On the basis of your (hopefully excellent) understanding of the objectives and present content of Geography 450 (and accepting the overall constraints of this course [400-level, quarter system, Geography class, interests and background of other students in the class]), try to make constructive, content oriented suggestions as to how you feel the course content could be adjusted or made more relevant for students with similar backgrounds and (personal and/or professional) interests as you had during this quarter.

Should you feel that the content was 'just dandy', make sure that you present sufficient arguments and evidence (for me to believe your claim that it fit your needs and/or those of the "generic geography senior' and will be useful in some future context). [This is NOT an evaluation of the class as a whole, nor of the presentation of the content, BUT an assessment of the content itself as presented in the readings, syllabus materials, other messages and class.]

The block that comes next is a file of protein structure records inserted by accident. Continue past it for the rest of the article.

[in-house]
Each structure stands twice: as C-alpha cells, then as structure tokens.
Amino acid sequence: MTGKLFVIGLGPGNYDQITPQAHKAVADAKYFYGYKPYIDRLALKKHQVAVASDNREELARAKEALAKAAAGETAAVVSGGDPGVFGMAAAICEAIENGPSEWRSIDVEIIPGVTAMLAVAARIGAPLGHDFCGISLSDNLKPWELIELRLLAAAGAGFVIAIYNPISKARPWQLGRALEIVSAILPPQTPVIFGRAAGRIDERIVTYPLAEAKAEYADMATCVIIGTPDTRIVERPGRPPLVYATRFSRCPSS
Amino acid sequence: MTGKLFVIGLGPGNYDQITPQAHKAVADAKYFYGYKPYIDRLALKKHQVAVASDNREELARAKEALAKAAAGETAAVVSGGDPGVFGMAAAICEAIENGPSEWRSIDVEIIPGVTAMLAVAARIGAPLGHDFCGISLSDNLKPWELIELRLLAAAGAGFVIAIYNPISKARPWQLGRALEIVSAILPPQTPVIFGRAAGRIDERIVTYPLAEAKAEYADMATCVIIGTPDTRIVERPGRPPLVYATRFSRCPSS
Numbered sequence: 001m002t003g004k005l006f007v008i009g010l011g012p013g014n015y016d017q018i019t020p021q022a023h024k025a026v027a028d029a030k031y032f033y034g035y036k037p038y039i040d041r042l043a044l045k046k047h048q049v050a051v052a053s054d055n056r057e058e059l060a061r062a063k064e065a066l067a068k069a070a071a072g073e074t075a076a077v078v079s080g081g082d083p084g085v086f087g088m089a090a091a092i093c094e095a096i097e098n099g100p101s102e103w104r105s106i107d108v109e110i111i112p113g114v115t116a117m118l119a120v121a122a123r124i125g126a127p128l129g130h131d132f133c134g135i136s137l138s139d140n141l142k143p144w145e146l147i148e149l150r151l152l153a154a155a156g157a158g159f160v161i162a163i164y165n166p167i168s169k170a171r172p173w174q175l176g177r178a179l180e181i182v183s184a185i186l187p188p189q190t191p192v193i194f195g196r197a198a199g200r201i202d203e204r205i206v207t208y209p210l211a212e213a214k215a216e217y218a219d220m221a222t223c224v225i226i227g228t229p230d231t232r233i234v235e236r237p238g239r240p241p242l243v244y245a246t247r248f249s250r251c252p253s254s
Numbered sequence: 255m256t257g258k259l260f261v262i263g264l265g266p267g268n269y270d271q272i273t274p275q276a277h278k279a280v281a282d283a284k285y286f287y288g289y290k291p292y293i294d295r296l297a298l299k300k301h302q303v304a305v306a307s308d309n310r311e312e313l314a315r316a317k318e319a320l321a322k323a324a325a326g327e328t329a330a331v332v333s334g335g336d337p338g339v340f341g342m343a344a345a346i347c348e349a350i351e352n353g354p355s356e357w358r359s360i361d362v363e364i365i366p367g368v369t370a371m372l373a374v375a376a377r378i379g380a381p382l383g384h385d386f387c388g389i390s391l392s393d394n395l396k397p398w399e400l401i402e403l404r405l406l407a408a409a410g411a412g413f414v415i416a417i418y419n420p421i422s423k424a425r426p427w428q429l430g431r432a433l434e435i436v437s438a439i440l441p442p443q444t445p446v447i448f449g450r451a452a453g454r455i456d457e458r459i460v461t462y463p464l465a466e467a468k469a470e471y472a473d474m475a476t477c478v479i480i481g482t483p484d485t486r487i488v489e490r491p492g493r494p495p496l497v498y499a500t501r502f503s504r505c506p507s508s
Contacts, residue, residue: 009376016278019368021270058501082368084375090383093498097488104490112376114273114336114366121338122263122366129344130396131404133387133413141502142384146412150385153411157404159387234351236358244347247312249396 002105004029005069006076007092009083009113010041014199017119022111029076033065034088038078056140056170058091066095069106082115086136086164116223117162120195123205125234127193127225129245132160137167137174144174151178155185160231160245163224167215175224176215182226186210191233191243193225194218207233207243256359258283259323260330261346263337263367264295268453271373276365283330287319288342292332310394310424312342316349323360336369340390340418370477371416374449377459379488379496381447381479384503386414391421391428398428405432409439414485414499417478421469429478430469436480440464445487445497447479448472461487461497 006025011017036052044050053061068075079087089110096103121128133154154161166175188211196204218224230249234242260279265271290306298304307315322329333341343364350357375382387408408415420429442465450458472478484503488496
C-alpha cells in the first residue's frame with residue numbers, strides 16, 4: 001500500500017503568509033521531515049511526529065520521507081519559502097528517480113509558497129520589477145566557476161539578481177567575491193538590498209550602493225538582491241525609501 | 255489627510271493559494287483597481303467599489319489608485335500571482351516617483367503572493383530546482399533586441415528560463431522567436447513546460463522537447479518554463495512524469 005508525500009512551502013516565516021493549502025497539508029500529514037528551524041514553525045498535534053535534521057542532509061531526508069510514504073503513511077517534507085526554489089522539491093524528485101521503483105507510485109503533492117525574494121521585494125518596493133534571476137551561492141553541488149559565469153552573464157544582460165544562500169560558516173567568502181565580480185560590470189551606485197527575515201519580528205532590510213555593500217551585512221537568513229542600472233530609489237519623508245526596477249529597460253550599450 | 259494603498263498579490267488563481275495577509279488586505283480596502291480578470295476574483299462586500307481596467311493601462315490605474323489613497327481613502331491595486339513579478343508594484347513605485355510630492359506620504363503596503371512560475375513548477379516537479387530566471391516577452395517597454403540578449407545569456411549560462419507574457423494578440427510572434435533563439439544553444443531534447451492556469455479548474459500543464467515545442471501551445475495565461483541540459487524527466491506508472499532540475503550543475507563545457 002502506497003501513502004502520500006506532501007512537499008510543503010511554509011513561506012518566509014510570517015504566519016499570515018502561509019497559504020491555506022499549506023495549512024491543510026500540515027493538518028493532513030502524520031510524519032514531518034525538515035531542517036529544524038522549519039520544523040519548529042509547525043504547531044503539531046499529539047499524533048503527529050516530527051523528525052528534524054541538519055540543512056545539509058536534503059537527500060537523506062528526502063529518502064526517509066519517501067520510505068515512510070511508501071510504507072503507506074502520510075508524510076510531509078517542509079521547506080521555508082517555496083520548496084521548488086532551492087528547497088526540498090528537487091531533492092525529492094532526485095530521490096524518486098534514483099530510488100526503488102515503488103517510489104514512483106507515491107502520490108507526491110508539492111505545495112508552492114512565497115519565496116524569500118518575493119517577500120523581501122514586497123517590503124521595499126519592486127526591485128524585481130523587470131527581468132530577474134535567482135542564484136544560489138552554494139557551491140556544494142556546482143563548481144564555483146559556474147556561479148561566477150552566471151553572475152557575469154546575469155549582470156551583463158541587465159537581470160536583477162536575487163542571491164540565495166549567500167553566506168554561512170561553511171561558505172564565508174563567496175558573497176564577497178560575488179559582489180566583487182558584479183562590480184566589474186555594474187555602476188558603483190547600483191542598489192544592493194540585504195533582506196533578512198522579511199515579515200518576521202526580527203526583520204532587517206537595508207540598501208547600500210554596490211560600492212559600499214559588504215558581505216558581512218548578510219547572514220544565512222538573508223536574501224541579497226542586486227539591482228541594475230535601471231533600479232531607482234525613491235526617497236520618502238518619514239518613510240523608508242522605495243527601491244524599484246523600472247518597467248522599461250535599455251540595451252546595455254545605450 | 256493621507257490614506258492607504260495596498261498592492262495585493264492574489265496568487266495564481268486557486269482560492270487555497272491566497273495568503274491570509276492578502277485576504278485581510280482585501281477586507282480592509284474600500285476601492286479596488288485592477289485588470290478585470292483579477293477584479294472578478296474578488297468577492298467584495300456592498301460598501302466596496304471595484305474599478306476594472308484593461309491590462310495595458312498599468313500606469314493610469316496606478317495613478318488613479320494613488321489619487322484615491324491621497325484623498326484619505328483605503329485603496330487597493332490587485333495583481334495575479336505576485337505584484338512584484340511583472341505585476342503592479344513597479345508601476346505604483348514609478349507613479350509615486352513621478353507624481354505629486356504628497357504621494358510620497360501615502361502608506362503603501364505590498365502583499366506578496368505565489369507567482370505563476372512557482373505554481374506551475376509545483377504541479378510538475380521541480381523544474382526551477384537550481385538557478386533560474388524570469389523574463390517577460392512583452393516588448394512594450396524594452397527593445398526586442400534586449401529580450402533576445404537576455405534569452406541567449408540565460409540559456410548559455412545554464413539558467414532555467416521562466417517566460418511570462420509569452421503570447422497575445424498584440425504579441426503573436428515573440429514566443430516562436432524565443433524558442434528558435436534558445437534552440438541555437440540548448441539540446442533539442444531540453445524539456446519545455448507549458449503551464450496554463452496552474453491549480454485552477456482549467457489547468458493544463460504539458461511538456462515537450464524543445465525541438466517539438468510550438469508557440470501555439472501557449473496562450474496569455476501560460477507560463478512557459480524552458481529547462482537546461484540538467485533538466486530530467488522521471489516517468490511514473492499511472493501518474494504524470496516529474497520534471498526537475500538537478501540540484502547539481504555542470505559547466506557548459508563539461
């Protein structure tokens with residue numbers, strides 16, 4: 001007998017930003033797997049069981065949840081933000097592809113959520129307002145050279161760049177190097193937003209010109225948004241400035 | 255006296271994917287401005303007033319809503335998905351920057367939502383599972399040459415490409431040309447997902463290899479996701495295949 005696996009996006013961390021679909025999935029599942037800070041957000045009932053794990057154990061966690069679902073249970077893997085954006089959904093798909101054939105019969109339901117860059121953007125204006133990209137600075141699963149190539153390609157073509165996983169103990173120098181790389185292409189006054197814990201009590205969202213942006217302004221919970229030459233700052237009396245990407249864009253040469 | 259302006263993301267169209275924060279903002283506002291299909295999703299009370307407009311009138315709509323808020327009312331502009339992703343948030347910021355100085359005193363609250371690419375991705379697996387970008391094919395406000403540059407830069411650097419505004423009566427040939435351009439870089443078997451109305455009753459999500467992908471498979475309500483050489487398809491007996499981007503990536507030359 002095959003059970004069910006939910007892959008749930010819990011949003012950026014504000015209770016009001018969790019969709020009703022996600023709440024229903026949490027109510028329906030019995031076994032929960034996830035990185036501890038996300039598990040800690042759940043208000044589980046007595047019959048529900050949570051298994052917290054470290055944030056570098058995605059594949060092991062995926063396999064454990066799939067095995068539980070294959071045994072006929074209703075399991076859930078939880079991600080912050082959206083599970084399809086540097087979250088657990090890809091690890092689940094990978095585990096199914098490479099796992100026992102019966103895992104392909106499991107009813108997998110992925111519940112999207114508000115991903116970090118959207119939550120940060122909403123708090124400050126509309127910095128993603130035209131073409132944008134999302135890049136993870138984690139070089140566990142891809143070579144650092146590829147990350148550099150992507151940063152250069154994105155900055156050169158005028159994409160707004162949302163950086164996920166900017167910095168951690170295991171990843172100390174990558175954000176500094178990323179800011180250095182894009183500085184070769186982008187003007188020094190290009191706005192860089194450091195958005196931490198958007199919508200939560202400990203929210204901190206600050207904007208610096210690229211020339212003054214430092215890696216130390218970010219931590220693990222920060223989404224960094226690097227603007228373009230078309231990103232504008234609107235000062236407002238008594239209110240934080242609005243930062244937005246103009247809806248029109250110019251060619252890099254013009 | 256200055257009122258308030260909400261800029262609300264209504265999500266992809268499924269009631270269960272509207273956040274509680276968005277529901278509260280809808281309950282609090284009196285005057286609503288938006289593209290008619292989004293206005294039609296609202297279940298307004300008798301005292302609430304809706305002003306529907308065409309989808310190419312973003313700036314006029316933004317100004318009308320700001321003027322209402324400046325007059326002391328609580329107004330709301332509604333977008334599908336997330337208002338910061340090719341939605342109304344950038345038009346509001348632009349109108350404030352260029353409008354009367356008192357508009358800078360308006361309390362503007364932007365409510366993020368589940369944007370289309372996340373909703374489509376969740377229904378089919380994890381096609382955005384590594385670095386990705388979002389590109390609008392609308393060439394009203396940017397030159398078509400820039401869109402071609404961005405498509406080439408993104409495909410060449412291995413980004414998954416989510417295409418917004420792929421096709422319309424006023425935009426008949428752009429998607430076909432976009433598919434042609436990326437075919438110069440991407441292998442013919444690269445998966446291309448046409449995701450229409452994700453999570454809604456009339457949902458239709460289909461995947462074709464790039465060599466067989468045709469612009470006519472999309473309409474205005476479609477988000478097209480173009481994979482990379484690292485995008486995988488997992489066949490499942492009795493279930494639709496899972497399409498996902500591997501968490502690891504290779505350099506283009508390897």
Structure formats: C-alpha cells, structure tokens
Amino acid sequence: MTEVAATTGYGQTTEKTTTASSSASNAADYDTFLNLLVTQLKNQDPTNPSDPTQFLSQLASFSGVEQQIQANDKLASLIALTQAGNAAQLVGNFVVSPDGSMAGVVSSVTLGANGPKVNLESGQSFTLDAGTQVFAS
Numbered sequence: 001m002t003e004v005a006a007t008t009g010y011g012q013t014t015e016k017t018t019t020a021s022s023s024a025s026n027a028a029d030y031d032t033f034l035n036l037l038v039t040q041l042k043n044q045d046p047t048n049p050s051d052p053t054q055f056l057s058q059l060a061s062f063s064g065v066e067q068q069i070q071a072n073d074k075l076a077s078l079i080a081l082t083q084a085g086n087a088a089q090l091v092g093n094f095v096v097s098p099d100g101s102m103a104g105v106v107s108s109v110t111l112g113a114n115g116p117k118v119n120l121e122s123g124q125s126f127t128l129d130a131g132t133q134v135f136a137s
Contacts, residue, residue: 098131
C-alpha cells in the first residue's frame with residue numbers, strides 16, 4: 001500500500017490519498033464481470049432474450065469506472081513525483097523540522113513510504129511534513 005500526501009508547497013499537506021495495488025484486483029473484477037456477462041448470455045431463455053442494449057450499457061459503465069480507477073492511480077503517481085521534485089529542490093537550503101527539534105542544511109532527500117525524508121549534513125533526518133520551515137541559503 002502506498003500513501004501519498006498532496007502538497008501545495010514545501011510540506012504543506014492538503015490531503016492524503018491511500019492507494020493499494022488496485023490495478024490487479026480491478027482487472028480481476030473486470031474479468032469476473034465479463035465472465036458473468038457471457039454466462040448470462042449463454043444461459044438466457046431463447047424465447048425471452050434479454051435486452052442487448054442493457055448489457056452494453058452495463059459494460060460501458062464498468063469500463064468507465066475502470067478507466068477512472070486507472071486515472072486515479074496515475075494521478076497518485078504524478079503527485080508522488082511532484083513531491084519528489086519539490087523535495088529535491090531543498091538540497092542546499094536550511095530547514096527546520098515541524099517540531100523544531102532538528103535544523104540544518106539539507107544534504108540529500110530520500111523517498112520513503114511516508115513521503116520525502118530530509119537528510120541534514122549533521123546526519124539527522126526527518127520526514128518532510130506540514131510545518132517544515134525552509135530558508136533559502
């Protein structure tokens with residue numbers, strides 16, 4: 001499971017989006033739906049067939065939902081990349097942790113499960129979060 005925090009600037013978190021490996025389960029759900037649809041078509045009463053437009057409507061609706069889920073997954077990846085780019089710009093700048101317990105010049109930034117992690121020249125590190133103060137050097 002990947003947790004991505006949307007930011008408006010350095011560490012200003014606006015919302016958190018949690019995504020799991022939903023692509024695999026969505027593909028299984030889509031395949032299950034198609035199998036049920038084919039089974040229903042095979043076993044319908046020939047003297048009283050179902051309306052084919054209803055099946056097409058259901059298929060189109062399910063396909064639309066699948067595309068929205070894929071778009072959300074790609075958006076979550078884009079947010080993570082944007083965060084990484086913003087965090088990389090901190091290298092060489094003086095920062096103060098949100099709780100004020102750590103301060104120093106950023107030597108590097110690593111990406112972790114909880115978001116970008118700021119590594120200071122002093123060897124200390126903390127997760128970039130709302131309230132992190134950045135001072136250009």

Bonus: Identify ( by an 'idea', concept or theory, not just by the title of a publication) the explicit or derived contribution of five (5) of these VIPs or pairs of VIPs to the development of location theory (2 point each, 10 points max): I. Savage; Charles Kepner & Benjamin Tregoe; Tord Palander; Peter Townroe; Alan Scott; Michael Piore & Charles Sabel; Richard Walker; Julian Wolpert; Ronald Coase.


Midterm

Geography 450

Fall 1994

I. Select two of the following topics for concise statements:


1) Why do we need THEORY for the analysis of locational patterns?

2) Describe and explain how we can simplify complex transport cost phenomena into more or less simplified theoretical transport cost functions.